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Lawsuit against county fails

Former D.A.’s civil rights claims tossed by federal judge 

A federal judge dismissed former District Attorney Michael Riese’s civil lawsuit against several county and city officials this week.

U.S. District Court Judge William Orrick, in a ruling that granted the defendants’ motions for summary judgement and blasted Riese’s arguments against them as “a jumble of conclusory allegations, unsupported assertions, confusing and incomplete cross-references to other opposition briefs,” on Wednesday effectively ended Riese’s campaign against members of the Del Norte County Sheriff’s Office, District Attorney’s Office and Crescent City Police Department stretching back to 2012.

Riese, who said he hadn’t yet read the judge’s opinion when he spoke with the Triplicate on Friday afternoon, said that he’d consider appealing the decision, but referred all additional questions to his attorney.

“Once I consult with counsel, the first approach is going to be to appeal the decision,” Riese said, emphasizing that his attorneys — most recently Howard Churchill of Redding — had argued the case, not him. 

Churchill, the third lawyer to represent 
Riese in this lawsuit, did not return a phone call by press time.

 

The amount of money the county spent on legal fees for the case wasn’t immediately available, but former D.A. Jon Alexander, one of the defendants in the lawsuit, thought it must be “a tremendous amount” and suggested that it could be the county’s responsibility to make sure those are paid by Riese.

“Since the county had to hire all these high-power firms from Sacramento and Redding, I can’t imagine what the legal fees are,” Alexander said. “You would think, given Riese sued us as representatives of the county and lost right out of the gates, that (the county) would have a fiduciary duty to get legal fees out of him. That would seem almost obvious.”

County Counsel Gretchen Stuhr wasn’t available on Friday to discuss the issue of the legal fees.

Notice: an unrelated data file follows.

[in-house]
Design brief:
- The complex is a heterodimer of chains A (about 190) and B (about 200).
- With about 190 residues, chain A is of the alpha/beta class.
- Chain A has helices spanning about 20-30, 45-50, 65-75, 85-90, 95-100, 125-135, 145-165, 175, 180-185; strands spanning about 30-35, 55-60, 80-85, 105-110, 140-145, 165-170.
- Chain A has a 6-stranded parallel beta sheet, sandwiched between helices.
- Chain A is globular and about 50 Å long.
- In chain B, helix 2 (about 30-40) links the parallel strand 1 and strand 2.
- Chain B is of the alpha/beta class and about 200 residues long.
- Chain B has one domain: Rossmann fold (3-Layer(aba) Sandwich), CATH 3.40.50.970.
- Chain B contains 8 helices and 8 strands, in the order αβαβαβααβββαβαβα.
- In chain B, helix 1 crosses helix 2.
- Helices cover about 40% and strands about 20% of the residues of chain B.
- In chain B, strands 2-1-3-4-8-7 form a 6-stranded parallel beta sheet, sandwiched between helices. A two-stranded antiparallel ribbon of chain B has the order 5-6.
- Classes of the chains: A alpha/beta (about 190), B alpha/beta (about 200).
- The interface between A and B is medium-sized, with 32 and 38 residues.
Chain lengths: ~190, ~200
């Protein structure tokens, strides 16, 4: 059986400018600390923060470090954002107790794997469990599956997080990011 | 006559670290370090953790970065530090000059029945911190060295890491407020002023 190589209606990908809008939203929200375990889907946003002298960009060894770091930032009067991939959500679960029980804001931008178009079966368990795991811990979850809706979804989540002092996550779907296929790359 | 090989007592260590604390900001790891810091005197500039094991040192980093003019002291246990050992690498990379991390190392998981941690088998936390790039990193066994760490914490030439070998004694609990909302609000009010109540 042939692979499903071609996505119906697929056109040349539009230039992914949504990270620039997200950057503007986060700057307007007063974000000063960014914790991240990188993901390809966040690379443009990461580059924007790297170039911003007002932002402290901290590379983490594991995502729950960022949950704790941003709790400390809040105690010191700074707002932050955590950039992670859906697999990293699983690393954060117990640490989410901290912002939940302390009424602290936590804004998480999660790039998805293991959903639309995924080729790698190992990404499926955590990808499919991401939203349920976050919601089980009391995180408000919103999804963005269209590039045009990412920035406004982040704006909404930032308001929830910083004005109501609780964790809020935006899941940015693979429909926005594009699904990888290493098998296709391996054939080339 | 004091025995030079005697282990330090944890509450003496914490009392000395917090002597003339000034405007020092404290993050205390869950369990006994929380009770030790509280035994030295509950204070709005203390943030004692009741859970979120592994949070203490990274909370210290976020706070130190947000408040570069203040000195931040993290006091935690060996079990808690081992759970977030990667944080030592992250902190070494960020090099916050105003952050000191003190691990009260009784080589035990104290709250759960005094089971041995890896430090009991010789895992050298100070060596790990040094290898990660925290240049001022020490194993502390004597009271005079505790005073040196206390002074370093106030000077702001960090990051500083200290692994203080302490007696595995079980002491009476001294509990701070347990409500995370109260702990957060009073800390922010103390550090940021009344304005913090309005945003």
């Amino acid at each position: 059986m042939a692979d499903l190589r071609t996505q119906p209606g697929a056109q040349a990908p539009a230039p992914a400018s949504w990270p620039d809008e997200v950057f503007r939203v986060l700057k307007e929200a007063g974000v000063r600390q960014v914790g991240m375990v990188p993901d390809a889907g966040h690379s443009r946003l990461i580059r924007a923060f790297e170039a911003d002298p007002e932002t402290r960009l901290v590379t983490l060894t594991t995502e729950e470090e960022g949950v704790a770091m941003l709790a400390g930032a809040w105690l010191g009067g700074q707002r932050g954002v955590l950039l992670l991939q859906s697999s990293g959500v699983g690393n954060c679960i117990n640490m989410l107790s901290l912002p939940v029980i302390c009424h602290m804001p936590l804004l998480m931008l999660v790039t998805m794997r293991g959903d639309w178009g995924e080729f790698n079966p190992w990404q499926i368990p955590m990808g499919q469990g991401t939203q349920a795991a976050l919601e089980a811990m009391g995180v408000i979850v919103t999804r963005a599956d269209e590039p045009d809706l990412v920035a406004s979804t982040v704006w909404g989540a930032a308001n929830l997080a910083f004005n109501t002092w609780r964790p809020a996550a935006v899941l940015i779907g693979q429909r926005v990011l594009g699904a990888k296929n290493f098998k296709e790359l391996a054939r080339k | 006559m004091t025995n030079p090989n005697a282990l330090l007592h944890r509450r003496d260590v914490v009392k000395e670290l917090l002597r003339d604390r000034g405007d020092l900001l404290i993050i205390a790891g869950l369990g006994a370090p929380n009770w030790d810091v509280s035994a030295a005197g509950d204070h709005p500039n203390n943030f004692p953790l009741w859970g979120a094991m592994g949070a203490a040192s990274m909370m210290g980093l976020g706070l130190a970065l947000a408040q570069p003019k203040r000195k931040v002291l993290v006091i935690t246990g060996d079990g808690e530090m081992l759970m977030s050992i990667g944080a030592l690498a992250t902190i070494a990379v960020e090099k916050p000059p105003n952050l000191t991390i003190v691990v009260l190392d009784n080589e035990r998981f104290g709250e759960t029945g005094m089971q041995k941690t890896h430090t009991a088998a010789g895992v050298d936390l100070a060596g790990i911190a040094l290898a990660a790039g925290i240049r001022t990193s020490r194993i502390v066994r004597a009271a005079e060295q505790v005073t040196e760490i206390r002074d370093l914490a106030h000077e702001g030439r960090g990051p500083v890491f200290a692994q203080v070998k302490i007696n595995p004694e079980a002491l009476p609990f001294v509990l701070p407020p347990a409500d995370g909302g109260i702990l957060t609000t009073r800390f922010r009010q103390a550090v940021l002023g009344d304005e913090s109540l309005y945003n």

The suit, which sought more than $1.5 million, claimed Riese’s civil rights were violated as a result of a crusade by former District Attorney Alexander to discredit and humiliate him. The complaint claimed that actions taken by law enforcement before a trial in which Riese was charged for allegedly driving under the influence with his children in the car, violated Riese’s rights through unreasonable search and seizure, malicious prosecution, intentional infliction of emotional distress and supervisory liability for constitutional violations. A jury acquitted Riese of the DUI charge in February 2012.

In his 28-page opinion, Orrick wrote that Riese “has wholly failed to identify specific facts showing a genuine issue for trial” — a statement he backed up, line by line, as he broke down all of the charges that Riese had brought and how Riese’s attorney responded to the defendant’s arguments.

For instance, in regard to the unreasonable search and seizure allegation, Riese had claimed that Sgt. Richard Griffin of the Del Norte County Sheriff’s Office caused Riese to have his home “ransacked and searched” without a valid search warrant and that Griffin submitted a probable cause affidavit that included false allegations. However, in Riese’s opposition to Griffin’s arguments that there were no false allegations and that the search warrant was properly executed, Orrick notes that Riese doesn’t address Griffin’s claims at all and simply requests that the Court deny Griffin’s motion for summary judgement.

“This is plainly insufficient to withstand summary judgement,” Orrick writes.

Other allegations, like Riese’s malicious prosecution claim against Alexander, were less a casualty of insufficiency as much as they were “fatally flawed,” as Orrick describes it.

To win the allegation, 
Riese would have had to prove that the malicious prosecution was conducted “with the intent to deprive a person of equal protection of the laws or is otherwise intended to subject a person to a denial of constitutional rights.”

For his part, Alexander argued that Riese couldn’t prove that he initiated the prosecution of Riese or that he lacked probable cause. Additionally, Alexander argued, even if Riese could prove those things, Alexander would still be immune because of a government code that protects public employees acting within the scope of their employment.

“If Riese accepts Alexander’s contention that Alexander did not institute or prosecute the criminal prosecution of Riese, then Riese has gutted his claim ...” Orrick writes. “On the other hand, if Alexander instituted or prosecuted the criminal prosecution of Riese, as required for a claim of malicious prosecution, then the claim is barred by Alexander’s absolute immunity for conduct within the scope of his prosecutorial duties.”

Ultimately, Riese said he was “out-lawyered,” to which Alexander essentially agreed, praising both the county’s outside counsel’s dedication to the lawsuit and the county for refusing to settle.

“To their tremendous credit the county did not capitulate in this case and settle out quick and cheap when they could have,” Alexander said. “I’m very grateful to all of our county-retained outside counsel, as well as to Judge Orrick, whose characterization of Riese’s case was both eloquent and supremely accurate.” 

Reach Aaron West at This e-mail address is being protected from spam bots, you need JavaScript enabled to view it

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